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IN WOMAN'S KBAI_M.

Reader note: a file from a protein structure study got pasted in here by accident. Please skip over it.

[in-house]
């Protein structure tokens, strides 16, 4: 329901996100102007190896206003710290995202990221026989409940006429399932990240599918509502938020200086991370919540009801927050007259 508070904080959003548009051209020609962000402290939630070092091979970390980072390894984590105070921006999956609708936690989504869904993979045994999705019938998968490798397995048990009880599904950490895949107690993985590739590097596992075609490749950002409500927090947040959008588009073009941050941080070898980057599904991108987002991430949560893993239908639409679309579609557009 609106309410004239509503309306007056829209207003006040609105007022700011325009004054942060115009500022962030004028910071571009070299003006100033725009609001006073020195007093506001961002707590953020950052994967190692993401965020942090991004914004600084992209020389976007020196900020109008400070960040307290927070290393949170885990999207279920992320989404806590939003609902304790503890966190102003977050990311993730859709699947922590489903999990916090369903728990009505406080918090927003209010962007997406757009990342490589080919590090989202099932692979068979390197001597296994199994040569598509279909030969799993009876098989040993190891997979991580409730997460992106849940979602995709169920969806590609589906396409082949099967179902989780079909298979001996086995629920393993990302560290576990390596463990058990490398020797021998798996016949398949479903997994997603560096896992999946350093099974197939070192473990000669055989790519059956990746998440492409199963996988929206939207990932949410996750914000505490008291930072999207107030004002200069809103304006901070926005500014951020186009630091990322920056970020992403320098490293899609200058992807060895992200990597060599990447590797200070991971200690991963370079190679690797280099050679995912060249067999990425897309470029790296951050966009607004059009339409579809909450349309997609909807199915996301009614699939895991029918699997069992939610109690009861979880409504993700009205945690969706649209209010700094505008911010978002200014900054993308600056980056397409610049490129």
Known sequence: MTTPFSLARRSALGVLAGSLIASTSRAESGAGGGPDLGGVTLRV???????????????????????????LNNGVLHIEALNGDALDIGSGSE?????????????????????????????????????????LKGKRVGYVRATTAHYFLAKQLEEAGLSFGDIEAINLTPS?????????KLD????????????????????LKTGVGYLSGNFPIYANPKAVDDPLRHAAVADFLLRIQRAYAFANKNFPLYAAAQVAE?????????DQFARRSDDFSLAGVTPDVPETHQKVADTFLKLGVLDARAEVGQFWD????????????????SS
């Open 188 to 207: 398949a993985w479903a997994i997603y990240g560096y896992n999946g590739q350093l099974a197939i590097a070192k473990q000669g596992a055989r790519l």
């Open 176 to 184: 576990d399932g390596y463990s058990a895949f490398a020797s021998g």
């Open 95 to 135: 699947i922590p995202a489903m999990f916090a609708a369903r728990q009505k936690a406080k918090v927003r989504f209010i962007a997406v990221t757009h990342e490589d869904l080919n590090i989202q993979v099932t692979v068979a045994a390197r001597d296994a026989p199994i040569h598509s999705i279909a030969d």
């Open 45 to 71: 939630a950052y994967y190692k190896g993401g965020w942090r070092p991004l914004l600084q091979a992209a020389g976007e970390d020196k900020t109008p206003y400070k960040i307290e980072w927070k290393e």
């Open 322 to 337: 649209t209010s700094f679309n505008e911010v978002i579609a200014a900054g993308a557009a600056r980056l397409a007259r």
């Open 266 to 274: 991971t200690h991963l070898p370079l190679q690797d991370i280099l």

TO EARN A LIVING. IB—per*! I— for m»tls_ on tbe Possi bilities of tbe Various Trii-eH iukl Profeaaioau a. A recent issue of the New York Tribune contained eight pages ol* what might be ealh-d expert information upon the advantages and disadvantages of twenty-seven professions nnd trades open to women. The facts and fancies Bet forth are all signed by women who stand high In their calling, and while much of the Information, especially that relating to law, me-dicine, nursing, a;id so forth, has long hi en public property, there are many other statements which deserve the careful con -. Biderati on at the profession or trade-hunting " women. Competition would not be so sharp If women Of Pails, ls making a sensation because of her craze for the automobile. Recently .she dro\~? her motor phaeton with her own hand for a d'stanee of 550 miles, visiting her es tates In Champagne and Bonnelles, also making a flying trip into Touralne. It will be remembered that the duchess waa the flrst would give themselves more room by spread ing out over the field of activities. But un fortunately they go much like a flock of altogether. Hence the crowding of ed -1 women into the teaching profession, and the stampede of those less highly trained, Into stenography, and the stores. It is piti ful that this should be so when there is so much room for women elsewhere. Miss Alice J. Hand, who has not only made herself rich, but has gained a name in the field of archi tecture, says: "There is an immense unknown field for women in architecture, especially in the plan- | nlng of dwellings. Xo one is quicker to | acknowledge the fact than an intelligent j man. After a woman has secured technical I training, there is no better opening wedg^ J to Cc money-making world than to become identified in some way with a well-established architectural firm. In planning a dwelling I i have often observed that the cleverest archi are given to sacrifice utility to harmony of design. This is an error that I think few women would make. Their familiarity with the requirements of a home makes them ex ceedingly practical. I recall a discussion once at school between an instructor and pupil apropos to a cellarway. The girl protested that the stair was too narrow for comfort or eafety, and in her design she enlarged it. ' 'But can't you see,' said tha instructor, 'that in enlarging the step you spoil the harmony of the design?' ' Put a fat cook on the step aa you would have it,' replied the girl. 'Then consider the harmony of the cojk.' "As usual, the woman had the last word!" Miss Hand has designed many public build ings and ls at present a member of a pros perous New York firm. TRADESWOMEN. For the woman who may not have the i training or inclination to take up so brain • teasing an occupation, sheep-raising, fruit growhig, fancy dog breeding and the labor agency are suggested: A Virginia woman who owns a small piece of land has become interested ln the busi ness of raising sheep. She ataned on a capital of $25, and with this sum she purchas ed sheep at $3 a head. She raised as many as she could care for ou the land, disposing of tho rest as soon as they were old enough. She devoted about an hour each day to their care, and paid a boy a small sum a week to keep the sheds in order. She ls now able, after five years, to clear over $150 annually. English women have developed no small talent for stock raising, having taken 30 per cent of the prizes at a recent contest. In fancy dog breeding women are no less successful, and this branch pays better than cattle raising. At the show of the Ladies' Kennel association in London recently near ly every breed of dogs was exhibited. Two of the best modern breeds of beagles and bull<ioKs were raised by women. Teama of bloodhounds and the finest St. Bernards ln ti^e world are credited to women who have made a study and business of the industry. Ono of those women never exhibits a dog worth less than $5,000. As business managers these women stock . owners are noted for "economy, method and gocd sense; they are good buyers and know Just when to sell." In many stock farms a widow or waughter will succeed where the p husband or father failed. IN THE WORLD OF ART. Prior to the World's fair sculpture as a branch of artistic labor had not appealed strongly to women artists, but now clay modeling and working ln marble are in creasing in popularity among women. Seven women labored on the colossal statues of the World's fair buildings aud ■grounds, and at the head of these stood Miss Juiia Bracken, who was in practical charge of the women sculptors and who herself modeled several famous statues. The large figure of "Illinois Welcoming the Nations" was the work of her hands, as were also the flying figures whicb adorned the corner cf the Woman's building and the "Victory" of the Manufacturers' building. Since the fair Miss Bracken has devoted her time chiefly to bust work, the most successful being the bust of Sir Moses Monteflore, the Hebrew philanthropist. This talented sculptor occu- B a studio in Chicago. .Mrs. Low W. Moore, another of the "work ing seven," had her bust of John R. Bensley ited by the National Sculpture Society of New- York. It was such a strong piece of work that the Judges refused to believe It had been fashioned by the dainty hand of _ woman. Wood carving is a fascinating branch of art, and an industry not by auy mean 3 beyond the capacity of woman. It is artistic useful and highly remunerative, embodying the al ways desirable elements in any industry of Interesting the mind, occupying the hands and replenishing the purse. It is also undoubted ly one of the finest and foremost industrial arts of the day. The Princess of Wales, in the Industrial school at Sandrlngham, which she established and sustains, gives special prominence to wood carving. Specimens of the work from the hands of the maidens under tutelage fre quently command high prices, and aro exhib ited as fine works of art. The use of burnt wood in ciecor-ition. an art which dates from mediaeval times, is having its renascence in this country. It bids fair to become an im l*orta:-.t factor in the artistic finish of our buildings, public and private. Authorities say that dry woods, free from gummy or resinous parts, are the only suitable kind 3. The white or yellow poplar of the United States is said to be well suited for burnt wood designs. Fine results are obtained by combining harder, darker woods, such as oak or walnut, that impart rich dark lones in contrast with the lighter poplar. is a unique business for an energetc worn- THE Dit UK ESSE Dl E_BS, woman in Paris to drive a horseless carriage, and she is today considered the most expert chauffeurstoker or motor woman in France. Tho Duchesse d'Uzes is as well the most ac complished woman whip in Europe, and she is a sculptor of considerable ability. The- por trait reproduced was taken from the Cosmo politan. an. The Kansas City World gives the best illustration of the possibilities of this busi ness In its description of Mrs. S. J. Atwood and her work: "Her business is to gather up all the idle laborers she can find and put them to work on the Union Pacific railroad in Colorado, Wyoming and other Western sections. She ha 3 been employed by the Union Pacific in this capacity for the last twelve years, and the company finds her services Indispensable. Mrs. Atwood has been iv the business so long that she says she can tell by looking at a man whether or not he will make a good hand. When she sees one who suits her taste she approaches him without hesi tation and asks him how he would like the position she has to often It only requires the work of about a minute for the terms to be arranged, and the man is escorted to some corner where others she has engaged have been congregated. "The labe.r-hustler is a little woman about 30 years of age. She has short curly hair that is as black as night. She walks with an agile step and always ha 3 a pleasing smile for even the toughest hobo." The labor agency need not be confined to securing male laborers, but can cover the necessities of female help if the agent has the necessary energy, versatility and intui tion. For those who have literary aspirations, Helen Winslow, editor of the Club Woman, offers this encouragement. She says: "Before I became an editor I believed, with other aspirants, that acceptance or rejection was too often a matter of influence or per sonal interest. Now I know that an editor Is frequently obliged to reject an excellent article for the best possible reasons. First, the artic'.e may not be suited to his publica tion; second, it may be exactly in line with something he has already used or is just going to publish; third, it may be too long or too short; fourth, the magazine may be already overstocked with manuscripts; fifth, the editor may not be able to pay for ltj sixth, and so on, up to sixtieth, there may be plenty of reasons why his 'with regrets' may be sincere. "Be not easily discouraged. Do not at tempt to write unless you have something to say, and then try to say it ln a convincing and, if possible, an out of the usual, way. Keep up a brave spirit and welcome rejected manuscript as the necessary discipline for moulding the successful writer. Send It forth with a prayer and a song— not a sigh. Prac tice patience and perseverance with a capital P, and you will push up to the profitable paths of a prolific pen." There are ln this ' country a few women who are earning a living in the saddle. Prominent among them is Mrs. Beach, the famous Newport riding teacher. She does not see much romance in her profession and confines her remarks to the actual require ments of the business. "With a perfect knowledge of horsemanship, perfect health, patience and courage, a wom an can earn a living In teaching riding by hard work," she asserts. "The want of ex perience wculd be a drawback to a young girl's undertaking to give Instruction, and she assumes a great responsibility. "In teaching children Infinite pains must be taken, and the teacher should be most con scientious. "Saddles, habits and all riding paraphernalia are expensive, and should always be of the beat Quality that can be found. "I should like to see a woman teaoher In every school, for I believe that women and children would and do learn of such a teach er with greater comfort to themselves than when the instructor Ls a man. The different natures met with require different treatment and this women are patient ln giving." Another avenue open to ambitious women is worthy of special mention, viz.: The den tistry. If any of the learned professions are properly open to women none ls more so than this, since the feminine physique ie peculiarly adapted to the work. Dr. Stewart, a practicing woman dentist, of New York city, calls attention to the fact that the modern methods of treatment do not demand the element of strength which was needed when pulling teeth was the chief business of the dentist. A woman's hand ls smaller, her fingers are more deft and she ls more sympathetic and patient than man, and hence can do the same work with the Infliction of less pain. Enough has been said to Indicate what women might do if they would only gather their courage and cut loose from the over crowded professions and trades, where they draw but starvation wages. FLYING EMBERS. When Mrs. Curzon goes to reign ln the court of Calcutta next December ahe will take with her only a half-dozen servant* from her English home, alaoe she will ba dependent IN LITERATURE. THE EQUESTRIAN. IN DENTISTRY. THE ST. PAUL GLOBE SUNDAY OCTOBER 9, 1898. Ro*sml Baking Powder Made from pure cream of tartar. Safeguards the food against alums Alum baking: powders are the greatest menacers to health of the present day. upon Indian servants, who understand the ways of India as only natives of India can* The magnificent palace In Calcutta, with its adjoining houses and ample grounds, is called a "compound," which means that all the members and attaches, including all the buildings and animals, arc one family. The salary paid by Queen Victoria to the viceroy in India is one of the largest paid to any of her subjects, and this Ib for the reason that the Indian people, who are half savage and wholly Oriental, judge wealth and power by the display made of it. Consequently the etiquette of India compels the viceroy and vicerine to hold frequent receptions of mag nificent splendor. At the close of these receptions a feast is spread upon a long table, and the viceroy and vicerlue preside as host and hostess. Menler, the Paris chocolate millionaire, has recently purchased the little island of Antl-. costi. In the Gulf of St. Lawrence. Here he has established a sort of feudal system, and appointed his agent, L. O. Coinmetant, gov ernor of the island. The aristocracy of Que bec has just been horrified because of the appearance at a semi-state function in that city of Commetant, and who, by reason of his position as "governor of Anticostl," took precedence of a number of the lords and la dies of high degree. In the published list of those present at the affair. Now the Quebec government is puzzled to know what to do with this "governor" when he turns up at future entertainments where the "order of precedence" is to be observed. • c * Lugla Codemo, the Italian poetess, and author of "N'ohant." died at Venice at the age of seventy years a ehort time ago. The bad grace with which George Sand received the Signora Codemo while she was visiting France called forth "Nohant," ln which novel the author of "Consuelo" is laid open to rid ic_la • • • His majesty, the emperor of China, recently wished his p : ano to be cleaned and tuned, says the Westminster Gazette. Mr. Moultrie, an English musician, who attended Pekin for the purpose, reports that the keys wore filthy, and had various Chinese hieroglyphics stamped on them, while the instrument had not been tuned for years. With very little trouble the tone was restored and the keys cleaned. This latter action, however, was against all Chi nese taste, and the emperor sent back word that the characters were to be immediately replaced, while the opinion was expressed that there was net the slightest necessity for clean ing the Ivories. So great was the emperor's appreciation of Mr. Moultrie's skill as a mechanician that, with the r-hi:d!ike guile lessness which is so natural with him, ht sent a perambulator and a jinricksha to be repaired likewise! • • • IF WE IWDKRSTOOD. Could we but draw back the curtains That surround each other's lives, See the naked heart and spirit. Know what spur the action gives. Often we should And it better. Purer than we think we would; We should love each other better. If we only understood. Ah! we judge each other harshly, QI'EIIS "LOUISE OP DENMARK, The "Grandmother of all Europe," who died recently, was the oldest queen in the world. Knowing not life's hidden fore*, Knowing not the fount of action Is less turbid at its source, Seeing not amid the evil All the golden grains of good; Oh! we'd love each other better If we only underatood. —New York Tribunal • . . Countea* Schlmmelman, of Copenhagen, Denmark, ls now at Buffalo with her yacht Duen, having come through the canal from the Atlantic. The Duen ls undoubtedly the flrst foreign yacht to cross the Atlantic- and come through the canal for a tour ot the Great lakes. The countess is in the United Statea to Investigate the condition of her countrymen here. She is going to Chicago on her yacht next month to spend the winter there. The countess haß set a precedent which may make JLake Michigan a popular water for Europe's pleasure craft. • a • Miss Dorothea Klumpke, an American wo man, has been placed at the head of the bureau of measurements at the Paris observa tory. She is engaged in producing a huge photographio chart of the heavenß and com piling a new stellar catalogue. Sbe works six hours a day, or rather every night, and receives 120 francs a month. THE CLUB CORNER. The Globe desire* to make it* club ooi ner a clear and faithful refleotor tf Mlna* •ota orga-lsaUoaa ana ia this end extend- to them an urgent invitation to use Its space as an open parliament. The roster of clubs, which is about completed, shows that many have taken up the same theme of study for the year. It will be helpful to the clubs themselves and Instructive and interesting to others to compare the results of these various discussions and researches, if each organiza tion will forward, to the denartmr nt the ques tions discussed at Its meefrtig and the decis ions reached, the information will be given its proper setting by reference to this club roster. This work will be farther facilitated, both for the club secretaries and the depart ment, if those who have not fine so will send to us copies of their <*urrentsprogrammes. • • * Mrs. Corlnne S. Brown,' of Chicago, waa asked to reread before the Social Economics club, of that city, the paper, given by her be fore the Denver biennial." Her whole effort was directed toward industrial problems. She started out with the statement that the in dustrial problem sometimes seemed like deal ing with a chapter of horrors, as so much misery, woo and injustice accompanied it and the solution seemed so far away, unthankful and hopeless. She then made a plea that club women should study this great question, I for not ouly had they the leisure, but also the independence of thought and most of I them the financial independence to give it consideration. The subject, she added, should ' be handled without gloves. This study, the ; speaker declared, needed not only intellectual ' capacity, but sympathetic comprehension, both I of which she declared women possessed. In I the highest meaning, according to Mrs. Brown, the problem was a mathematical one and its solution was scientific. • • * This is the "federation month" for Minne sota, Nebraska, Colorado, Ohio and Illinois. The Illinois women have been honing to re ceive President McKinley as the star at traction of their annual, but the Inter Ocean assures us that the locul clubs are not losing sleep over the subject. "If the president attends Uie peace jubilee and stays in town long enough to respond to our invitation we would, of course, be glad to hear him talk," said one of the Chi cago club members, "but if his duties call him away we will be coutent with cur other arrangements, which are excellent in them selves. " • . . At this time of the year the question of j membership in the general federation usually comes before local clubs for decision. Is the game worth the candle or Is it not? One or two delegates attend the biennials at the expense of the clubs; can they bring \ back enough to warrant the expense? The | answer depends primarily upon tho character ' of the delegate. Is she a gocd splrit-couduc • tor? Can she transmit to her constituents I the electricity generated ia the convention, | or _wlll she consider her -responsibility dis- J charged if sho acts simply as a "club dummy?" Secondly, the value of membership in tho j general federation depends up tha nature of the club. The purpose of, the national ' organization is to unify, systematize and j render effectual the efforts of all local clubs. j If. then, a local organization has an aim be yond a pleasurable but motiveless study by its members; ir" it desires to be of service either directly or indireotly, to the com munity, it is not inconceivable that it should learn something of effective methods and i gain something of wholesome inspiration by hol-lng a place in the national organization I isolation is not conducive to growth or ihe development ot power. "What Harriet C ( 1 owner, editor of the Midland Monthly club ! c*e:>arti_ent. says of the state federation may apply with equal force to the general organi zations. "The annual or biennial meeting brings women together from every corner of the I state," she says, "and gives an incent've and : inspiration of great value. The public dLscus sion of subjects in which each club is inter ested leads inevitably to better methods and higher ideals, and not the least of the bene fits derived from the state meetings la the comradeship developed." • • • WHAT IS A WOMAN'S CLUBf "What is a Woman's Club?" No id'.e place wherein to chatter of the last new play. Or whisper of a sister gone astray, Or strip with cruel gossip every trace Of sweetness from some life borne down with strife. 'Tis not a place where fashion reigna su preme, Where lack of style is sink beyond redeem, Where outward garb 1s moie than inward life; No room is there for care.ess jest or sneer For delving into dark days .afely past ' Or meaning glances with dire purpose cast, To cause some trembling soul to blush or fear. She celebrated her eighty-first birthday aeot, 7. All these are what a woman* club la not— Things left behind, outgrown, daapised. for got. ' • - What is a .Woman's ClubT A meeting ground For those of purpose great and broad and strong, Whose aim is toward tha stars, who ever long ' To make the patient, listening world resound Tilth sweeter muslo, purer, nobler tones. 4 5 i°? ?£ere kindly, helpful worda are said And kindlier deeds are done; where hearts are fed; Where wealth of brain fer poverty atone*, And hand grasps hand and soul finds touch with soul. Where victors in the race for fame and power Look backward even in their triumph hour, Tp beckon others towards the shining goal. This ls a Woman's Club., a ham fair, Where tollers drop an hour their load of Care. What le a Woman** Ohibt The fabric of a dream Touched with an altar coal and made alhra, Instinct with hope for those who toil and strive And wait to catch that Joyous day. flrst fleam That ushers in a better, freer age, rtSftl ° Q * * hftll *» f< * *H &* BnJP mvxwtitft&ii, wage, —•■""iara A. >&__•» ta The club Woman. SARABAND'S SKIPPER. From Temole Bar. The last half-hour of the steamship Saraband had come. All day she had lain in the pitiless bay, crouching un der the fierce blast of the northeast gale, the seas sweeping her decks, and now all on board knew that she had but a short time to live. She had had her day. Built to carry 120 paasengers, she had once been one of the popular boats going throfagh the new?y opened canal to the East, and her long flush deck had been the Scene of many a gay gathering when her passengers thad assembled under the awnings to laugh, flirt and talk af ter dinner. But larger and faster boats had come and her glory had departed, so that after many vicissi tudes here she lay, her passenger ac commodation taken out and the space filled with grain from the Black Sea ports, sinking. Her decks were slanting in an angle of forty-five degrees, for the wheat had shifted, and she lay nearly on her beam ends; every movable thing had long been washed away, and one struc ture which should have been immov able—the engine hatcih— had also been smashed in. That was the immediate reason why she was going to- founder; the engine room plates were awash and the fires in the stokehole were out, and for the last two hours she had only been kept head to sea by means of a sea anchor made of the derrick* and spars. A portion of every s.ea that came on board found its way through the make shift contrivance of spars and tar paulins nailed over the gaping chasm in her deck that marked the former po sition of the engine hatch, and each found her a little lower In the water. In the shelter of the bridge deck— the only structure which had been 6trong enough to resist the remorse less violence of the seas— clustered her crew, some thirty hands, hard-faced sailors and grimy firemen; the former quiet, apathetic, almost careless; the others, save for a few, dead-wihite with fear, spending their last moments in cursing with foolish, meaningless re petitions of tl*} same words, the ship, their luck in coming in her, and the skipper, for not making use of the two remaining boats which hung from their davits at the lee side of the bridge deck and which from their elevated po sition had not gone when the other boats had been swept away. On the bridge stood the skipper and mate, bearded, elderly men both, straining their despairing eyes into the wall of mist and spray which relentlessly rush ed down upon them, in the faint hope that some passing vessel might appear through the gloom of the gale. At length, the skipper turned and scrambled down the sloping bridge to where the mate crouched on the lee rail. "We shaH have to try the boats, Mr. Smith; she'll not Last much long er!" he shouted, the wind pic-king up each word as he uttered it and sweep ing them away to leeward, as if jealous ot the mate hearing them. "It's a very poor chance," said the mate; "but I suppose it's our only one. How long do you give her?" "Half an hour at the outside. Are the boats all ready?" "They've been ready since morning," said the mate; "but can we get them in the water unsmashed, and won't the firemen rush them?" • "I don't thi*-^- so," replied the skip per; "there's lime enough and room enough for all to get away." But his face took a grimmer look as he led the way down from the bridge to the charthouse, the mate following him. Inside they could hear each oth er with greater ease, and the skipper, while taking hls revolver from a draw er, gave the mate his final instructions. "We'll lower the forward lifeboat first, as she's the biggest; you will take charge of her, get your crew aboard, and have every one in his place before we start to lower, so that you can shove off as soon as she touches the water. If those patents act. you ought to be all right." (The boats were fitted with a patent contrivance by which the tackles holding them are automat ically released the moment the boat is water-borne, so that there is no un hooking of blocks to be done while the boat Is getting dashed to pieces against the ship's side.) "I shall be all right." said the mate; "but what about you? Who's going to lower the falls of the after boat? You can't manage it from the boat it self, with all the crowd you have on board." "I'll lower her from the deck," said the skipper. "If they have a long painter made fast to the ship, they can easily pull up again under the counter, and I'll make a Jump for lt." "Mind you don't jump short; you'd have a poor chance with those boots and oilskins on," said the mate. "Oh, I'll manage," replied the skipper. "Call the men up." The men came up in a body, and the \ skipper came out on the deck, revolver in hand. "The ship's sinking," he said, "and I have decided to take to the boats. There's plenty of time and room for all to get away in safety, if you obey my orders. You will remain standing ! where you are till I call your names, I then the man whose name Is called will j take his piace in the boat. Any man ! that starts for the boat before I tell ! him, I shoot; understand all?" There was a low murmur from the men, and the skipper continued: "Mr. Smith will take charge ot tht boat." The mate, with a look at the skipper, climbed into the boat as she hung in the davits. The skipper then called thu names of the crew he proposed to sen*d in her, sending first the sailors, so that the nuate might place each in his proper station in the boat, before the firemen., etc., who would be of no use in the critical maneuvers of getting her away from the ship's side, crowded her up. But these same firemen did not understand his reason, and thought ho was showing undue preference to his own men, and, a heavier sea than usual striking the steamer, there was a cry of, "She's going down, and he's sending the sailors firat!" and a rush for the boat. "Stand back!" cried the skipper. Crack! and the leading fireman spread out his hands and pitched on to hia face, rolling in a limp bundle down on to the lee rail. The rest of the men stopped. They might as well be drown ed as shot, they thought, and they hud dled together, looking with horrified glances at their dead comrade. The skipper paused, lowered his revolver, and then called the next name; they had learned their lesson, and went quietly to the boat, which was got safely away, and drifted out of sight in the mist of the gale. The other boat was filled without any mishap, and the skipper, the only ma left on deck, lowered her; she also got clear away, and drifted out to the full length of her painter. The skipper walked aft to wait for them to haul up again. He had to pass the body of tho dead man, and he did not look at it. The boat was hauling up on the painter, and waa getting close; the skipper got on the rail ready to Jump. At that moment a fireman, tha brother of the man he had shot, reached over th« boat's bow, and, with a ory of "Blast you, stop and drown with Bill!" cut the painter. The distance between the ship and the boat began to widen instantly, and ln spite of the frantic efforts of the sailors at the oars the deeply iadsn boat was swept away and blotted out in the mist. The skipper got down from the rails, and made his way back to the bridge deck. He had just ten minutes to live. Ten minutes to pre pare for the next world, after forty years at seal He climbed up on the bridge again, and sat on the canvas windscreen to think. His wife and children, who would look after them now? Hls wages were £16 per month; on that he had had but small chance to cave. Well, he supposed the Shipmasters' society wotlld dp -fotnethlng' for iier, but she Would fi-TS -t-Q ffivt ujp her little house 8 T| | TJ^arjk J I Yo-i jf| I FROM __ | s Ransom & Horton J (§ We have been too busy — in fact, rush- Jg W) cd — today to write an "ad." Guess you 9) Sail have found us and our goods out, and gt perhaps we don't need to tell you any- Jg Wl thing special. 9) w) We want to say Thank You for your gt (@ indorsement of our new deal — a crowded Jg Wl store as ours has been with satisfied cus- f) Btomers, who come back and bring others gt is gratifying to us, and we must infer our Jg Wl goods and prices are right. We have 9) m\ tried hard to give you the best stock and gt Km values for your money, and we seem to Jg J I have succeeded. 9) Qft Traveling men, who are all around in iR Ul both cities and see all the stocks, pat us Jg fl on the back and say we have the best, ▼/ 8 but that's apt to be misleading. The )& constant stream of people *who have been Jg' fl leaving their money with us is what tells 9)i 8 'the tale, and again we say, Thank You! We promise to keep our stock replete (J fl with all the newest things in Fur and Wl m Cloth — sell them at close margins — fm iS and give you skilled, polite clerks to wait (g fl on you and a handsome light store — Wl Sh what more can we do ? a»\ 09 Our special sale on Cloaks was a sue- im Jl cess — will give you another this week. jl m jj Ransom & Horton S 5 8 8 8 at oFrest Gate and drop from the po sition of a captain's wife to letting lodgings; perhaps one of the children could be got into an orphanage; if not, well, it meant starvation or the work house. He thought of his own life, of his hard, 111-used boyhood, cabin boy in a Quebec timber ship; of his man hood, spent in unremitting toil in all parts of the world; of the various ships he had commanded, in each of which he had been expected to use less coal, less paint, fewer provisions and to go with smaller crews than in the last. He thought of the blackguards he had had to command as crews, and the trouble he- had had with them, and the old sailor proverb rose to his lips: "To live hard, work hard, die hard, and go to hell after all would be too_£lamned hard." Well, he'd not had much fun out of life, and now he was going to find out what it all meant. Anyway, he had always done his best for his ship. His eyes fell on the dead body of the fireman. That too! If the man should indict him at the bar of the last judgment he would answer there, as he would have answered to an earthly court: "In my judgment it was necessary for the safety of the men in my charge." A sudden quiver warn ed him she was nearly gone, and he rose to his feet for one last look to windward. As he looked into the blind ing spray he saw a large wave come out of the mist and knew lt would swamp her. He gripped the rail with both hands, and his lips moved in a half-forgotten prayer. "Our Father, which art" — and the wave swept on. But the Saraband had gone. The skip per had gone to meet his fireman where "there shall be no more sea." VALUABLE DOG MAD. Some 95,000 Worth of Roblea Roaming About Near ChlcoßO. CHICAGO, Oct. B.— Rev. M. E. Erz'a $5,000 dog is loose In the woods north of Montrose boulevard and west of Lincoln av?nue. Savage from hunger, the huge St Bernard had defied all attempts to cap ture him, and on several occasions haa ccme near eating up Detective De Celle, of the town hall police station. Capt. Schuettler has ordered the *v\ oeds surrounded by policemen, and will send a squad with Instructions to bring in the $5,000 beast or die In the attempt. When the dog disappeared from the rectory of St. Matthias* Cathollo church, Alnslle and Western avenues, Capt. Schuettler put all his available detective- on the trail. Officer de Celle has a touch of Sherlock Holmes blood In him. He got a microscope — so it is said, but modestly denied by Mr. De Celle — and, crawling on his hands and. knees in the road for a mile and a half traced the dog's font steps to the woods, "ftain then obliterated the tracks, but yesterday De Celle returned to tl\Q woods aild aft-.n- a few hours' search got sight of the dog. -rhe next minute De Celle was climb ing an eighty-foot tree. The $5,000 dog showed unmistakable signs of an in tention to devour the sleuth. In the course of an hour De Celle returned to earth, the dog having slunk away to a cavern under some fallen trees. Cau tiously advancing,, the detective peered Into tive opening and said softly: "Come, doggie!" The doggie came, and De Celle had barely time to shin up another tree, losing a part of one trouser leg as he drew lt out of reach. He says he would have riven a couple of dollar*) if the brute had b=en a $1 cur Instead of a $5,000 prize winner. He didn't dare to shoot as it was. After another wait of an hour or so De Celle came down, but he steered clear of the cavern and sprinted to the Sheffield avenue police station, where he told Capt. Schuettler of hia adventures. The captain ordered a large force of policemen to the woods, piloted by De Celle. The officers surrounded the "cav ern, while De Celle again toyed with fate by approaching the opening and calling in his sweetest accent to the wild beast within. There was no response for a moment, and De Celle stuck hia head into the cavern, when, with an awful roar, the dog charged. De Celle and the entire squad of officers climbed trees like a shot— this part of the affair is denied publicly, but privately admitted— where they remained until darkness settled over the woods. Default Ing: Treasurer Convicted. SAX FRANCISCO. Oct. B.— A O. Widber, ex-treasurer of this city and county, ha* heen convicted of embezzling 176,242 from the public treasury. The jury was out all night. Widber will be sentenced next Saturday. The young man who ff^ starts in business life Sj^Sa^ with a good athletic training back of him will fl_Tr J ** be able to stand more <^^_m__l \ than the man who has _B^§MJg^-_i not had the sarnc- advant- W^fßgS^ 4 age. Nevertheless, if he overworks and neglects \ -■2^ _F his health, he is likely to V^Tn^ft-_. fall a victim to some fa- a/* W^^k tal malady like his less j.— --> _r ,S W fortunate brother. f There is only one fi /<ray_n safe road for a man tovV fir^7^\ tread in the matter of 'a ( \ _ sßfj/ health. That is the \ IA Vr^^ road of eternal J^N-fl *" c/ / vigilance. No sf^3|S^7_| _?— • man no matter *r^-£&g£j W **■**- """""" how strong he \ t~~^ may be natural- >^ ly, can with impunity neglect the little ill* and indispositions of life. These little dis orders are what make the big ones. When a man suffers from headaches and loss of appetite, feels drowsy and dull during wak ing hcurs, cannot sleep at night and is nervous and 6haky at all times, he is in a dangerous condition. If he long neglects his condition he will find himseif a very sick man. Dr. Pierces Golden Medical Discovery is the best of all medicines for the many diseases that are caused by an impaired digestion and insufficient and im proper nourishment. It creates a hearty, healthy appetite; it make 3 digestion and assimilation perfect ; it invigorates tha liver and purifies and enriches the blood. It is the great blood-maker, flesh-builder and nerve tonic. It is the best of all niedi. cincs for nervous disorders and it cures 98 per cent, of all cases of consumption, if taken in its earlier stages, before the lung* are too far wasted. For chronic, bronchial, throat and naeal affections it is an un equaled remedy. An honest dealer will not suggest some inferior substitute. Rev. C. M. Lf-uioud, (P. 0. Box 207), Quauah, Hardemau Co., Texas, writes: "I write to say that during the late trouble between the State* it became my duty as well a» privilege to speuk lv the open air at night, which produced slight hemorrhages aud loss of voice iron which I had suffered more or lesi lor a number of years, until that (".od-send ' Golden Medical Discovery,' given to the world by the Inventive and scientific brain of Dr. R. V. Pierce, was obtained. After six bot tles had been used the palna und aches In my lungs began to give way, and now I feel that, with a judicious course cf life I may M.- c ninny years. I thank God for giving to the world * mau who has done so much for suffering hi> inanity. ' ' 1